September 12, 2014

Collision

A British Sherman rams a King Tiger

A British Sherman rams a King Tiger on 18 July 1944, during Operation Goodwood. The Sherman was commanded by Lieutenant John Gorman of the 21st Irish Guards Armored Regiment, while the German tank was commanded by Feldwebel Gerber of the 1st Company, 503 schwere Panzer-Abteilung. Each side gave its own version of what happened.


The British version
During the fight Lt. Gorman spotted o King Tiger just 200 yards away on his left. His gunner traversed the turret quickly and placed a round on the front of the Tiger. The 75mm projectile was unable to penetrate the Tiger’s heavy armor and it bounced off. On top of that the gun inside the Sherman was jammed. While watching the Tiger’s long gun swinging towards his direction Lt. Gorman decided instinctively to ram the enemy tank. After the crush both crews bailed out and looked for cover, because the place was heavily shelled. One crew-member of the Sherman actually shared the shame trench with the German crew. Lt. Gorman returned with a Sherman Firefly and knocked out the King Tiger. He then arrested the German crew and left.

The German version
The gunner of King Tiger 122, Hans-Joachim Thaysen, stated that his commander, an inexperienced newcomer, panicked during the fight and ordered the driver to reverse. While on reverse the Tiger ran into a Sherman and halted. Simultaneously the Tiger was penetrated by a German anti-tank gun that was firing at the Sherman. The crew bailed out, only to find out that their British colleagues were already around them. After a moment of indecision both sides looked for cover; then each side tried to convince the other that they were prisoners. That didn’t work and the two crews departed for their units.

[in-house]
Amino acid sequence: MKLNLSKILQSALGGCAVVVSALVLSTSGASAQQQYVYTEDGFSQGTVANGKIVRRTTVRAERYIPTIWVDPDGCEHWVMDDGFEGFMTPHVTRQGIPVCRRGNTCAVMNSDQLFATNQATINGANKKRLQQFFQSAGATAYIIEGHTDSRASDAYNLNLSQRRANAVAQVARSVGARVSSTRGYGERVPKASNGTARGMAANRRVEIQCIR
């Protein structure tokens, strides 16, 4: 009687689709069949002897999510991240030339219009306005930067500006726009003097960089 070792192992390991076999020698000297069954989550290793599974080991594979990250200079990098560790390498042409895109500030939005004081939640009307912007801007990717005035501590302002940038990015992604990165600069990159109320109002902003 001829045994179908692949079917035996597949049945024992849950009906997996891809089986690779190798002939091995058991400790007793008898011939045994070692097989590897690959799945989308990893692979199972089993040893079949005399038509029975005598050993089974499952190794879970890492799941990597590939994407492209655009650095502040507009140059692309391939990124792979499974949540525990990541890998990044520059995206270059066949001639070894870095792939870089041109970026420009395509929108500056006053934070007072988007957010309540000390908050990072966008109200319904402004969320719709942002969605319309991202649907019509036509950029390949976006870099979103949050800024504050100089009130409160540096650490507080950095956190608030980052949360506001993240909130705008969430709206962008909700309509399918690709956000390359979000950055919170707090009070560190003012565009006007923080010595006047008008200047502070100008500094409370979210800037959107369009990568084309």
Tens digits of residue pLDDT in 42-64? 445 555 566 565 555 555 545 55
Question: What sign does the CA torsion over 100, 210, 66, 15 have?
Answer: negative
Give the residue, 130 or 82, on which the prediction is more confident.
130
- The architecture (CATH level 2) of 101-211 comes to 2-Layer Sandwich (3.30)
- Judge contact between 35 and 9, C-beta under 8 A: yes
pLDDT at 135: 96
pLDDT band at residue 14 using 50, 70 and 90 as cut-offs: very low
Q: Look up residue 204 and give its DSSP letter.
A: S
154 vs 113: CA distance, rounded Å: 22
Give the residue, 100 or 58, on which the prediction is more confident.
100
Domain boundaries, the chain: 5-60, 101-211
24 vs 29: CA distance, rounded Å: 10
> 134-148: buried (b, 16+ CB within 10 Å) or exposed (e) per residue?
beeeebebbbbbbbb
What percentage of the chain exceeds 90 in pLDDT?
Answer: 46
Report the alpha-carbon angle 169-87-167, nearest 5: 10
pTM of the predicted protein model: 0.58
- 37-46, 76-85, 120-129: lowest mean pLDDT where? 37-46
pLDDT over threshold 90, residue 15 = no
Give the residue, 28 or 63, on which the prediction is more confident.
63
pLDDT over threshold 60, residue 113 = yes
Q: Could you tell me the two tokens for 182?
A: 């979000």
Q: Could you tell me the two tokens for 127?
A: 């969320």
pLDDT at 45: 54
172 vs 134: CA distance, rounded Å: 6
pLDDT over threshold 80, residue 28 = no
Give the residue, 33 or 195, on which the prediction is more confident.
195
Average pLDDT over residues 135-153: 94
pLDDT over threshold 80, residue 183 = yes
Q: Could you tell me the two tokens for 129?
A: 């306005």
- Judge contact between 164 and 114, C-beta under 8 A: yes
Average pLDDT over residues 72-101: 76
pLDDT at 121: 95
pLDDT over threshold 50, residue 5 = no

Lieutenant John Gorman was awarded the Military Cross for this action, while his driver, Lance Corporal James Baron, received the Military Medal.


Bibliography
Lochmann, Franz-Wilhelm, Dr., von Rosen, Richard Freiherr and Rubbel, Alfred. The Combat History of schwere Panzer-Abteilung 503 – In Action in the East and West with the Tiger I and II. Winnipeg: J.J. Fedorowicz, 2000.



Photo attribution
Philippe Winton collection, via Wikimedia Commons